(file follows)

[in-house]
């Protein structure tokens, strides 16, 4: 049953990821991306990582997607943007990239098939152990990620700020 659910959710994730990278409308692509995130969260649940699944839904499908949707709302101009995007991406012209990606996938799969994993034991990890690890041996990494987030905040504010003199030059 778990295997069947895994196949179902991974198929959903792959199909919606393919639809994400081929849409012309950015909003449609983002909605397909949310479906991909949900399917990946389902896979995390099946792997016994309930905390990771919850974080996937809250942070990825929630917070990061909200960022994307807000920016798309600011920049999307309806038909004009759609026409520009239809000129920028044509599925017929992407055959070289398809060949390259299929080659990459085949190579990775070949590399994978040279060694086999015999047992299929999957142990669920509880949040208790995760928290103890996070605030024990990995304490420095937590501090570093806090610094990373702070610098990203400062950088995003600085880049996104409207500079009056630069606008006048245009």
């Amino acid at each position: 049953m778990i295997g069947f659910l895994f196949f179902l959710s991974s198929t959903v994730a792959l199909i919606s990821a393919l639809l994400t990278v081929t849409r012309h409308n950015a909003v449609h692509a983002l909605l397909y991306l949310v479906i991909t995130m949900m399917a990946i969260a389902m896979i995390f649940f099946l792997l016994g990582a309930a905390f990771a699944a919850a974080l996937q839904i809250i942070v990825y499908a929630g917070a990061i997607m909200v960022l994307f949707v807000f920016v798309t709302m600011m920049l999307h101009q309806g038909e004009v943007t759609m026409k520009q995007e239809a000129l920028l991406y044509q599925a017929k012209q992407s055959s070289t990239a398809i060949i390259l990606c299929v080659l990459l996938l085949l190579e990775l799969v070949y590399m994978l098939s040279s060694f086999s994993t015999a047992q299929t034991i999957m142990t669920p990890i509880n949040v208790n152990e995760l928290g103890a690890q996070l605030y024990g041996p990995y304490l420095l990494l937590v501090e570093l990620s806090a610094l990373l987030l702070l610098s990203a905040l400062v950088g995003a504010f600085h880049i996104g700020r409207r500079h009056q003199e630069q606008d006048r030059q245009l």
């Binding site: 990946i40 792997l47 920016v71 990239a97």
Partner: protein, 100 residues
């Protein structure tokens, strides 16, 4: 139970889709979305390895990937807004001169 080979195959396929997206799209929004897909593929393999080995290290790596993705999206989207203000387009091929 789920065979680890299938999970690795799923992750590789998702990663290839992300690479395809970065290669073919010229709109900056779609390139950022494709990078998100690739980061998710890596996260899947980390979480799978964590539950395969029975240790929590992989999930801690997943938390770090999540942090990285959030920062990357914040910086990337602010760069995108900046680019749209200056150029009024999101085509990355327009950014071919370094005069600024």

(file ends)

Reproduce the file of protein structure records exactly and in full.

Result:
[in-house]
């Protein structure tokens, strides 16, 4: 049953990821991306990582997607943007990239098939152990990620700020 659910959710994730990278409308692509995130969260649940699944839904499908949707709302101009995007991406012209990606996938799969994993034991990890690890041996990494987030905040504010003199030059 778990295997069947895994196949179902991974198929959903792959199909919606393919639809994400081929849409012309950015909003449609983002909605397909949310479906991909949900399917990946389902896979995390099946792997016994309930905390990771919850974080996937809250942070990825929630917070990061909200960022994307807000920016798309600011920049999307309806038909004009759609026409520009239809000129920028044509599925017929992407055959070289398809060949390259299929080659990459085949190579990775070949590399994978040279060694086999015999047992299929999957142990669920509880949040208790995760928290103890996070605030024990990995304490420095937590501090570093806090610094990373702070610098990203400062950088995003600085880049996104409207500079009056630069606008006048245009």
């Amino acid at each position: 049953m778990i295997g069947f659910l895994f196949f179902l959710s991974s198929t959903v994730a792959l199909i919606s990821a393919l639809l994400t990278v081929t849409r012309h409308n950015a909003v449609h692509a983002l909605l397909y991306l949310v479906i991909t995130m949900m399917a990946i969260a389902m896979i995390f649940f099946l792997l016994g990582a309930a905390f990771a699944a919850a974080l996937q839904i809250i942070v990825y499908a929630g917070a990061i997607m909200v960022l994307f949707v807000f920016v798309t709302m600011m920049l999307h101009q309806g038909e004009v943007t759609m026409k520009q995007e239809a000129l920028l991406y044509q599925a017929k012209q992407s055959s070289t990239a398809i060949i390259l990606c299929v080659l990459l996938l085949l190579e990775l799969v070949y590399m994978l098939s040279s060694f086999s994993t015999a047992q299929t034991i999957m142990t669920p990890i509880n949040v208790n152990e995760l928290g103890a690890q996070l605030y024990g041996p990995y304490l420095l990494l937590v501090e570093l990620s806090a610094l990373l987030l702070l610098s990203a905040l400062v950088g995003a504010f600085h880049i996104g700020r409207r500079h009056q003199e630069q606008d006048r030059q245009l």
């Binding site: 990946i40 792997l47 920016v71 990239a97």
Partner: protein, 100 residues
């Protein structure tokens, strides 16, 4: 139970889709979305390895990937807004001169 080979195959396929997206799209929004897909593929393999080995290290790596993705999206989207203000387009091929 789920065979680890299938999970690795799923992750590789998702990663290839992300690479395809970065290669073919010229709109900056779609390139950022494709990078998100690739980061998710890596996260899947980390979480799978964590539950395969029975240790929590992989999930801690997943938390770090999540942090990285959030920062990357914040910086990337602010760069995108900046680019749209200056150029009024999101085509990355327009950014071919370094005069600024």